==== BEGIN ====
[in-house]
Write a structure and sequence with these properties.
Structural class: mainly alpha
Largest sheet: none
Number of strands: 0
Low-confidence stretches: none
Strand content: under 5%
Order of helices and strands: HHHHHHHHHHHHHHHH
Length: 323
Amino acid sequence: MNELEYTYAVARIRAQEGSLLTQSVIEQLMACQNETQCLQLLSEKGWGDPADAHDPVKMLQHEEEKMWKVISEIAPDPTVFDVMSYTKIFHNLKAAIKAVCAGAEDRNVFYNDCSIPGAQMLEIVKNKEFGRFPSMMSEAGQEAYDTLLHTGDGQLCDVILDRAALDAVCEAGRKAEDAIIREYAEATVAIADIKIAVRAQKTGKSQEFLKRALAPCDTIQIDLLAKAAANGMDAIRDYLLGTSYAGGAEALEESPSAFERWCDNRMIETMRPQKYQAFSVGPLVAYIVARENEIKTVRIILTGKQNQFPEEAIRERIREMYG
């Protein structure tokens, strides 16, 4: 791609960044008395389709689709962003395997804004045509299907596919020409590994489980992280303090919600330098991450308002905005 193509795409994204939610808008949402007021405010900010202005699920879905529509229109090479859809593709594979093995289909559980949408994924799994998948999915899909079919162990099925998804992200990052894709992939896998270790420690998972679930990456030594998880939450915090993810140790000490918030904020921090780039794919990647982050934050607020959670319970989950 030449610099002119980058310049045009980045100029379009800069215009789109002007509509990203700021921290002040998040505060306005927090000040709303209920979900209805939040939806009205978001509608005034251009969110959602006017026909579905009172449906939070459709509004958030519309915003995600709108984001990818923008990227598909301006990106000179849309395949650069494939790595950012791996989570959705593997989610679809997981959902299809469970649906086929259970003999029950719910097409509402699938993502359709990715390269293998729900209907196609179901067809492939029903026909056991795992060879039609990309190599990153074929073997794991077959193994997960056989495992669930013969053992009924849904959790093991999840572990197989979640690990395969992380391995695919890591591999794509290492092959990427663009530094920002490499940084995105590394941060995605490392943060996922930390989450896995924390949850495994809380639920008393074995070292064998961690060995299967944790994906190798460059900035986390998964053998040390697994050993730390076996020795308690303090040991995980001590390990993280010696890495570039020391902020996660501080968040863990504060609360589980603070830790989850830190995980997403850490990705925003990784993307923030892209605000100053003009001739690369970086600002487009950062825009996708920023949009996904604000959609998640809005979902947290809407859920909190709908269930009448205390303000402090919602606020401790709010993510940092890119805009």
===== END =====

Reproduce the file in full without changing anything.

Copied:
[in-house]
Write a structure and sequence with these properties.
Structural class: mainly alpha
Largest sheet: none
Number of strands: 0
Low-confidence stretches: none
Strand content: under 5%
Order of helices and strands: HHHHHHHHHHHHHHHH
Length: 323
Amino acid sequence: MNELEYTYAVARIRAQEGSLLTQSVIEQLMACQNETQCLQLLSEKGWGDPADAHDPVKMLQHEEEKMWKVISEIAPDPTVFDVMSYTKIFHNLKAAIKAVCAGAEDRNVFYNDCSIPGAQMLEIVKNKEFGRFPSMMSEAGQEAYDTLLHTGDGQLCDVILDRAALDAVCEAGRKAEDAIIREYAEATVAIADIKIAVRAQKTGKSQEFLKRALAPCDTIQIDLLAKAAANGMDAIRDYLLGTSYAGGAEALEESPSAFERWCDNRMIETMRPQKYQAFSVGPLVAYIVARENEIKTVRIILTGKQNQFPEEAIRERIREMYG
């Protein structure tokens, strides 16, 4: 791609960044008395389709689709962003395997804004045509299907596919020409590994489980992280303090919600330098991450308002905005 193509795409994204939610808008949402007021405010900010202005699920879905529509229109090479859809593709594979093995289909559980949408994924799994998948999915899909079919162990099925998804992200990052894709992939896998270790420690998972679930990456030594998880939450915090993810140790000490918030904020921090780039794919990647982050934050607020959670319970989950 030449610099002119980058310049045009980045100029379009800069215009789109002007509509990203700021921290002040998040505060306005927090000040709303209920979900209805939040939806009205978001509608005034251009969110959602006017026909579905009172449906939070459709509004958030519309915003995600709108984001990818923008990227598909301006990106000179849309395949650069494939790595950012791996989570959705593997989610679809997981959902299809469970649906086929259970003999029950719910097409509402699938993502359709990715390269293998729900209907196609179901067809492939029903026909056991795992060879039609990309190599990153074929073997794991077959193994997960056989495992669930013969053992009924849904959790093991999840572990197989979640690990395969992380391995695919890591591999794509290492092959990427663009530094920002490499940084995105590394941060995605490392943060996922930390989450896995924390949850495994809380639920008393074995070292064998961690060995299967944790994906190798460059900035986390998964053998040390697994050993730390076996020795308690303090040991995980001590390990993280010696890495570039020391902020996660501080968040863990504060609360589980603070830790989850830190995980997403850490990705925003990784993307923030892209605000100053003009001739690369970086600002487009950062825009996708920023949009996904604000959609998640809005979902947290809407859920909190709908269930009448205390303000402090919602606020401790709010993510940092890119805009």